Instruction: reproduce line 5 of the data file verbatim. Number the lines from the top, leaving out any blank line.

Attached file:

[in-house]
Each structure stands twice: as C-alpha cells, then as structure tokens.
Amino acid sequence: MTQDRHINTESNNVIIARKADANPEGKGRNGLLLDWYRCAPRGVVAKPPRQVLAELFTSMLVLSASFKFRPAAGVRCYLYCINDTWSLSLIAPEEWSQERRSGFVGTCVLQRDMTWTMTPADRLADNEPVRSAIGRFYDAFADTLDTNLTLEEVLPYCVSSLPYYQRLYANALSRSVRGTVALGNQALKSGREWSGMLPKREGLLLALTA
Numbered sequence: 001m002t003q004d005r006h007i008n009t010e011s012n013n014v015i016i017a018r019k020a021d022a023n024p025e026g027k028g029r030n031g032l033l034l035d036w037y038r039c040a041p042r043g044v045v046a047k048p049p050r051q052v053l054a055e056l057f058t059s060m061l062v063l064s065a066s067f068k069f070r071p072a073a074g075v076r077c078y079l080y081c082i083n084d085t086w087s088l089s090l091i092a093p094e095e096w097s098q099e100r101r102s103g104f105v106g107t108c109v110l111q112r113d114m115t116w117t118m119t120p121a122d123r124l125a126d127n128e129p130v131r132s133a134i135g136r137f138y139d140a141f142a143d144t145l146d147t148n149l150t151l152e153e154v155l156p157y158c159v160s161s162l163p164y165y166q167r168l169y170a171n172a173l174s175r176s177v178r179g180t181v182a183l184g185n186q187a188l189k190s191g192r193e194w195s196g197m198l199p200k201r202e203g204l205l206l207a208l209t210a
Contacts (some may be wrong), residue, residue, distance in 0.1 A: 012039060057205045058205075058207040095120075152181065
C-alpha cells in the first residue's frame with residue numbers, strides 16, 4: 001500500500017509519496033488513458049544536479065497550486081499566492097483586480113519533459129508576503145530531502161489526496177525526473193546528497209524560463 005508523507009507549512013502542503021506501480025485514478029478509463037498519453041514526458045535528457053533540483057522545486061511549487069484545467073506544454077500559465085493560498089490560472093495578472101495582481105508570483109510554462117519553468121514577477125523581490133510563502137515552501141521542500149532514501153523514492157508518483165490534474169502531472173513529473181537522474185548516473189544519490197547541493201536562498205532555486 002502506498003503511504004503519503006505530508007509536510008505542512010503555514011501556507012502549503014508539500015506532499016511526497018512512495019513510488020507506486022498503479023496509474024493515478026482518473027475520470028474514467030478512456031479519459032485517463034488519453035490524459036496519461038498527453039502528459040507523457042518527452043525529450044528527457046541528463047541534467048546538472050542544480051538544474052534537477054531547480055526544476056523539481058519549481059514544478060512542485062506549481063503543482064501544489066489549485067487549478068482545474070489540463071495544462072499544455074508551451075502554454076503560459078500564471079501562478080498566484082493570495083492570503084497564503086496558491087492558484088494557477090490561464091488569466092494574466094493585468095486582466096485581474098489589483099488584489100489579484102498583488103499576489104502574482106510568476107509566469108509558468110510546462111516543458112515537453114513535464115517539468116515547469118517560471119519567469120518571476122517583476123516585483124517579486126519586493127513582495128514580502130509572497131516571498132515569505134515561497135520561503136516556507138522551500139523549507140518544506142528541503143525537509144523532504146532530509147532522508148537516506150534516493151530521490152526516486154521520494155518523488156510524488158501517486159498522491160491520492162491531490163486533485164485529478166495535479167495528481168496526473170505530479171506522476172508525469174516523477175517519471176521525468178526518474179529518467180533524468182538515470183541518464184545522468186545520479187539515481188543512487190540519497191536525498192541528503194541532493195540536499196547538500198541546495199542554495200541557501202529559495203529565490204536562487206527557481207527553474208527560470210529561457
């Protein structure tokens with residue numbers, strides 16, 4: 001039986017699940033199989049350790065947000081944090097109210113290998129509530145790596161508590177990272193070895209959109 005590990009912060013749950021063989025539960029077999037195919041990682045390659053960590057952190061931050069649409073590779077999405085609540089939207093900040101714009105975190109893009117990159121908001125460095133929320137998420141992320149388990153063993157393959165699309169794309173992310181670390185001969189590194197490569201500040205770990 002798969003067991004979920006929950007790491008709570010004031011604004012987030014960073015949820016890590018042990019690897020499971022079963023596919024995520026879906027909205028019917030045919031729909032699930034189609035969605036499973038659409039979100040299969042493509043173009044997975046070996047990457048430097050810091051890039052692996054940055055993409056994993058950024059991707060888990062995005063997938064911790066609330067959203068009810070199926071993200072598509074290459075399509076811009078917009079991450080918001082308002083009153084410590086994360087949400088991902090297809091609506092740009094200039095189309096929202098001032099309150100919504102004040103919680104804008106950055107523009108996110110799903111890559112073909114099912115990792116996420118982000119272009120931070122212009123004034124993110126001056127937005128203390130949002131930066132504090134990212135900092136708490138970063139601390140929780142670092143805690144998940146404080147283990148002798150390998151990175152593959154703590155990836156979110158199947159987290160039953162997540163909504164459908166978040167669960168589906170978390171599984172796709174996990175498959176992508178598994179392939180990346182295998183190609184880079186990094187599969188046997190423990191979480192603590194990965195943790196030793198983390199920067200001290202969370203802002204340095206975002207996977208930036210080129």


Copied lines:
Contacts (some may be wrong), residue, residue, distance in 0.1 A: 012039060057205045058205075058207040095120075152181065